Most government workers and others in Louisiana understand that business relationships sometimes suffer and disagreements arise that can have long-lasting negative effects on many people. A contract dispute that's been raging for two years in another state is a perfect example of this type of contentious situation. This particular disagreement involves a governor and tens of thousands of state-employed workers.
The governor in question recently issued a public statement saying the workers' refusal to negotiate a fair agreement is costing taxpayers at least $2 million per day. The workers, however, have said numerous times in the past two years that they are very willing to negotiate, but will not allow the executive team to walk all over them. The workers' union has approved a walkout if the matter is not soon resolved.
More than 80 percent of the approximately 38,000 members voting agreed that a strike should be used as a last resort. It's apparently the first time in 40 years that such a vote has been cast. Illinois Governor Rauner's contract offer includes increased work hours, as well as increased employee payments toward health care and a wage freeze.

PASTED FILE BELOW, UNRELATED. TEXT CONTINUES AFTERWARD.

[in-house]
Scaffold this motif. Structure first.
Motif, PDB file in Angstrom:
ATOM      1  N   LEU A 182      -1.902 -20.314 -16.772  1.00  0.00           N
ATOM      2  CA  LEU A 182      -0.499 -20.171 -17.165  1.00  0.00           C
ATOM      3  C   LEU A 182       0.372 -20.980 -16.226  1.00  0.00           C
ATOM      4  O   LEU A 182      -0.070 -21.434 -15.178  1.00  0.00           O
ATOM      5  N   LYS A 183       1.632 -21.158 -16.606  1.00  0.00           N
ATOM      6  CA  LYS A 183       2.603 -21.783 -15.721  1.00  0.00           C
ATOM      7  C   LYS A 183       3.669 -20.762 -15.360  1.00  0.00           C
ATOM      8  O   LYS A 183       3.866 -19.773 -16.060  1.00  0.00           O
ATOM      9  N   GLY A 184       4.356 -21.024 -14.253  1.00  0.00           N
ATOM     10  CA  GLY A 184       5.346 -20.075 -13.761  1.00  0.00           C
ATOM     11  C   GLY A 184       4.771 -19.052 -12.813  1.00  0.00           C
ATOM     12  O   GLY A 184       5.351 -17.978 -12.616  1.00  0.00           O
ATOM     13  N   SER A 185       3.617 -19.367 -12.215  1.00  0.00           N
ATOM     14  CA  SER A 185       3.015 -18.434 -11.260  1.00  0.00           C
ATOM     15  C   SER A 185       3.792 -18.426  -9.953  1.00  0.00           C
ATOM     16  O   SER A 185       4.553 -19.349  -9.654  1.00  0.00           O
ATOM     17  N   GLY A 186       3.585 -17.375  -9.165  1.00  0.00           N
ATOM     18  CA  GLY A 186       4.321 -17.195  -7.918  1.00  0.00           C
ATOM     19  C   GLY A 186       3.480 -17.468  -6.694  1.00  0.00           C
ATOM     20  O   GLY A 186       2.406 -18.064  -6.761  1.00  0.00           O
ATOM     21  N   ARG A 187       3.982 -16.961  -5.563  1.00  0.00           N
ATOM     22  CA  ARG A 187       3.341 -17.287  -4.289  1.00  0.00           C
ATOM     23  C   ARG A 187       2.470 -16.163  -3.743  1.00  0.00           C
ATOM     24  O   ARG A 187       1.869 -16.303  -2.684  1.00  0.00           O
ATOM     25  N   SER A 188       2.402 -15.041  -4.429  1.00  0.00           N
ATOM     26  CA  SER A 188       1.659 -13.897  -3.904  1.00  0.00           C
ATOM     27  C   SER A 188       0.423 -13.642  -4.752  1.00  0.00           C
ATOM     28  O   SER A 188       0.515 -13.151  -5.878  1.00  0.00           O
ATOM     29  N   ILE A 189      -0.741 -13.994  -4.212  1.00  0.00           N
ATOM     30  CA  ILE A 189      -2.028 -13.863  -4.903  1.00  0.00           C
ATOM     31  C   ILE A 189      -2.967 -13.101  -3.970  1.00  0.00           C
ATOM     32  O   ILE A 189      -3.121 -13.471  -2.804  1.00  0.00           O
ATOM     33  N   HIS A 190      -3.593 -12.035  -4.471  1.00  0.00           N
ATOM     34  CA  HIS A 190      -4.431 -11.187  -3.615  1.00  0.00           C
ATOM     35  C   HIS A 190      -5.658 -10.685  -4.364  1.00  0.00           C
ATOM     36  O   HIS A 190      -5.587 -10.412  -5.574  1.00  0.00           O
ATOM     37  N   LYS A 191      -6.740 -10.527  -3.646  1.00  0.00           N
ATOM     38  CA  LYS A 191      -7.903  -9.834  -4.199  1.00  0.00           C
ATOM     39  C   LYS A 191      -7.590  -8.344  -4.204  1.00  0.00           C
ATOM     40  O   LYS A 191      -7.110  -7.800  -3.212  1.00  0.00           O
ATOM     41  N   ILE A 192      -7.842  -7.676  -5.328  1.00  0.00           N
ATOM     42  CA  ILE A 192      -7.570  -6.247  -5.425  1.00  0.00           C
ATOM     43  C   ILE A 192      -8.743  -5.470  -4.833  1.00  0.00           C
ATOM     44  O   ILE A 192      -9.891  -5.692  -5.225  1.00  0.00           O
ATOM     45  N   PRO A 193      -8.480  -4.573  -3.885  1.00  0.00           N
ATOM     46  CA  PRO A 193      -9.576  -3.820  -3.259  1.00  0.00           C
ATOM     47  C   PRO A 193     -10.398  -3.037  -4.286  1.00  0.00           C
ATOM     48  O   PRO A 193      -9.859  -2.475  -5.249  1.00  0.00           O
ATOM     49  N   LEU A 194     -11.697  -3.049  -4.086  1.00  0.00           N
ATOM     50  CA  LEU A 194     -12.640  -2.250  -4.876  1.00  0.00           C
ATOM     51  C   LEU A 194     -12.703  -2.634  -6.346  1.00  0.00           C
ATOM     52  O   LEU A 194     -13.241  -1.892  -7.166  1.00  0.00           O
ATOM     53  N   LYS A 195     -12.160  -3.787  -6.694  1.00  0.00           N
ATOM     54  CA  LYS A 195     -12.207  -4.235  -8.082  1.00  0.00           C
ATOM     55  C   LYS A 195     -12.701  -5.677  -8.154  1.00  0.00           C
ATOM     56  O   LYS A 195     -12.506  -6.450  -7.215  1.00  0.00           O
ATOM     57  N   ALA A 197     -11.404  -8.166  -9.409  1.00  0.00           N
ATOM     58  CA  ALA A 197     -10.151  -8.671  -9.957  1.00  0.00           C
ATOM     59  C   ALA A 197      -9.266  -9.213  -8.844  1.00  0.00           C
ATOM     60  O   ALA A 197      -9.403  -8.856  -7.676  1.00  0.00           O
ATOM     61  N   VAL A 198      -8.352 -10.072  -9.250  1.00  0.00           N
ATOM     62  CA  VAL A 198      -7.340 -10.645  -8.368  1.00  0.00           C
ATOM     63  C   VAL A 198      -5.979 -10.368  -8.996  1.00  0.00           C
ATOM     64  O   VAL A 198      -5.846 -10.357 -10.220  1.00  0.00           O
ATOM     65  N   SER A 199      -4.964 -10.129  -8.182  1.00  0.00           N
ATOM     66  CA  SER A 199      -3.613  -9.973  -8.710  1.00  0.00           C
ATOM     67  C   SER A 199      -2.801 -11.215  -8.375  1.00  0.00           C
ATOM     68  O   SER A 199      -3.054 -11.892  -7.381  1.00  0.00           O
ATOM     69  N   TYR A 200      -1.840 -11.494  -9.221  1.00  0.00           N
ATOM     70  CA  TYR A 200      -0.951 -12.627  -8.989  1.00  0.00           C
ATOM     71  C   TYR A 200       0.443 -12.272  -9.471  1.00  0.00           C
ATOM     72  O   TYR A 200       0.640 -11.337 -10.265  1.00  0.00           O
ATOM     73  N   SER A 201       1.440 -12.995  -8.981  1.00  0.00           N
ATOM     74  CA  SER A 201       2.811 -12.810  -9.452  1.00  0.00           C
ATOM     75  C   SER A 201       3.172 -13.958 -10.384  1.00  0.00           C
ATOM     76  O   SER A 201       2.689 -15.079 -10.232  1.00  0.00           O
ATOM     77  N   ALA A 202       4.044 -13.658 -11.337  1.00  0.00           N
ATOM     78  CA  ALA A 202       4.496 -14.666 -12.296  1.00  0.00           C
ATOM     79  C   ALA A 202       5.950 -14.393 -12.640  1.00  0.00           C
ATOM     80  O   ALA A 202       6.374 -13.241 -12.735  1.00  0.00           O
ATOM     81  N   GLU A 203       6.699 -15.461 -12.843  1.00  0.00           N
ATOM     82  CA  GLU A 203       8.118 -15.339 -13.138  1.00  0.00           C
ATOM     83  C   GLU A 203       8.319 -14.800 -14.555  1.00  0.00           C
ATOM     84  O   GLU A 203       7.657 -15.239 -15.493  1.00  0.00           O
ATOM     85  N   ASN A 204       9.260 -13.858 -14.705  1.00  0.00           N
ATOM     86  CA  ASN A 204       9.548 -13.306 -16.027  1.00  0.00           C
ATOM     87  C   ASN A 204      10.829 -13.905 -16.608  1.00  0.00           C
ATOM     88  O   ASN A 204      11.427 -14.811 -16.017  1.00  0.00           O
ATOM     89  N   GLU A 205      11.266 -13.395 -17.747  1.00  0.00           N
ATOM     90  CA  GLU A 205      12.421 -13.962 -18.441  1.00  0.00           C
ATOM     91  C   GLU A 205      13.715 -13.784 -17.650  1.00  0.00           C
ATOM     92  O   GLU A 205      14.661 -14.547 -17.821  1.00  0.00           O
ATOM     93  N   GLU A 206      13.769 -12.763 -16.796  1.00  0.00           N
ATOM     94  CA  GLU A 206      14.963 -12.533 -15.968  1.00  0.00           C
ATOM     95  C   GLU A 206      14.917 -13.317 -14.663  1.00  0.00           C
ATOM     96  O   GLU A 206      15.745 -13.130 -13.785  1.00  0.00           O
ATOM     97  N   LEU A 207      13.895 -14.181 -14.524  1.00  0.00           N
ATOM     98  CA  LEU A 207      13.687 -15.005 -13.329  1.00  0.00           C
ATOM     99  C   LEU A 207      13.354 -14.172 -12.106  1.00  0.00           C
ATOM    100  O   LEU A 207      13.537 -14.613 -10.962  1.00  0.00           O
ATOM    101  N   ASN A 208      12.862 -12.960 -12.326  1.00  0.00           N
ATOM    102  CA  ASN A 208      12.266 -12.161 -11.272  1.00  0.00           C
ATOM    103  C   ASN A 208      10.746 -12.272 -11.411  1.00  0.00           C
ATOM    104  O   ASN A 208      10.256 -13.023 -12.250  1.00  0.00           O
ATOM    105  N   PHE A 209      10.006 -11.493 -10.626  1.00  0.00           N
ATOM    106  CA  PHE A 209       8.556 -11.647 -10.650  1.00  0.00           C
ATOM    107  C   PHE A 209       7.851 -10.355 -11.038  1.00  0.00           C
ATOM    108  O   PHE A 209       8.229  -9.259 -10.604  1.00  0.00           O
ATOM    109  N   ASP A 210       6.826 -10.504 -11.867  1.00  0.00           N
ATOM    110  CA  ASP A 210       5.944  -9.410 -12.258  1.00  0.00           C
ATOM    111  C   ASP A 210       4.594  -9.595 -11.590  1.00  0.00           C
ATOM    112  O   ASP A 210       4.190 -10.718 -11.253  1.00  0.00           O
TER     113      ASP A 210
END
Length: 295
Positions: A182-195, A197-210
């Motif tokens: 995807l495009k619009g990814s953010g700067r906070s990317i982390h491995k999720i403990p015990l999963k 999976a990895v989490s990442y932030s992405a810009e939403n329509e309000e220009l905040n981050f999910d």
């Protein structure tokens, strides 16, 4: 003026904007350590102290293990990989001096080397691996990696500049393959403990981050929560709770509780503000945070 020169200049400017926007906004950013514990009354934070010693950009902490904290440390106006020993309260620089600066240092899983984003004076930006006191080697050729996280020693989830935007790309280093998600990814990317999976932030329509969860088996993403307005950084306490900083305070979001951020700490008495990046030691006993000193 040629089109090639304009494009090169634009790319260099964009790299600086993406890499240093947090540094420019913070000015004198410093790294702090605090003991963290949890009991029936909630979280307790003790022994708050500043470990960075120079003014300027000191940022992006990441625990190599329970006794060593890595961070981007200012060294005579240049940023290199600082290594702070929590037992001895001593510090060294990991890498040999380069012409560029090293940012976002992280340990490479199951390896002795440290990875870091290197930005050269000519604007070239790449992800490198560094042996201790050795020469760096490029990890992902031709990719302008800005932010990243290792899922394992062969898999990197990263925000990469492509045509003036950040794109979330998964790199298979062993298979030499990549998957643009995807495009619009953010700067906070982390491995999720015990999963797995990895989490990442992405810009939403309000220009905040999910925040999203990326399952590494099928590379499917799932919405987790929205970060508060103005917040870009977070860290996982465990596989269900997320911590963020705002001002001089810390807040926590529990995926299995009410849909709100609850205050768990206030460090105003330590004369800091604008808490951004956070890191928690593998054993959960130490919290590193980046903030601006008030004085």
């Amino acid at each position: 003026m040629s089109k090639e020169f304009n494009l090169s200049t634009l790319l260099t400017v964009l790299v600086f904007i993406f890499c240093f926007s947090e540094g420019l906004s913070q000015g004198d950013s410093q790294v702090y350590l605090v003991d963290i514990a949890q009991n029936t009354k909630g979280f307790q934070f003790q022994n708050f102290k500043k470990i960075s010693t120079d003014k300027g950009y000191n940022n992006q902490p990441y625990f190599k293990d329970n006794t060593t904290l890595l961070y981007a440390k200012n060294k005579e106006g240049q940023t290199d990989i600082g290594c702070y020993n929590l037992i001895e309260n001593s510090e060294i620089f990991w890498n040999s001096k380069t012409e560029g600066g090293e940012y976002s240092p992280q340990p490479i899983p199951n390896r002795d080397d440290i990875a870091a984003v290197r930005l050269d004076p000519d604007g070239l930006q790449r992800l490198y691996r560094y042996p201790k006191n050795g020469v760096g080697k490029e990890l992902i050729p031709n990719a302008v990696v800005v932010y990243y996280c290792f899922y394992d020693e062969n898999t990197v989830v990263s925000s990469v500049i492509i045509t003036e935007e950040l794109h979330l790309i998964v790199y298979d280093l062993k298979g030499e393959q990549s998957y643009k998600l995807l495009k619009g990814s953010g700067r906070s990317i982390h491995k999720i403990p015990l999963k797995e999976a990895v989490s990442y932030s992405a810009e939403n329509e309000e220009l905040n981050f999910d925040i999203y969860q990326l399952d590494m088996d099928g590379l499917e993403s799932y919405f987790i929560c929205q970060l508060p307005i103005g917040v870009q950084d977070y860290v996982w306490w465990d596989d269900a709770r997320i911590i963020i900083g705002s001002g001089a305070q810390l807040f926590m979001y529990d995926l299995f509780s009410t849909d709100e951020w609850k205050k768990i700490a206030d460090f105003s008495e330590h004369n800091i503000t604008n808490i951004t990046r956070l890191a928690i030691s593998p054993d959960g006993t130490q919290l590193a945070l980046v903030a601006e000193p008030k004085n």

A regulatory body ruled that the two-year contract dispute has reached an impasse; therefore, the governor is entitled to implement his proposed contract, and workers may strike if they don't like it. An appeal was filed and won to halt enforcement of the contract. Workers then agreed to accept two of the three terms, but the governor retracted the offer. Anyone in Louisiana who has ever faced this type of problem knows it sometimes takes highly skilled and aggressive litigation to obtain a fair and agreeable solution.
Source: news-gazette.com, "Illinois union sanctions strike over Rauner contract dispute", Feb. 24, 2017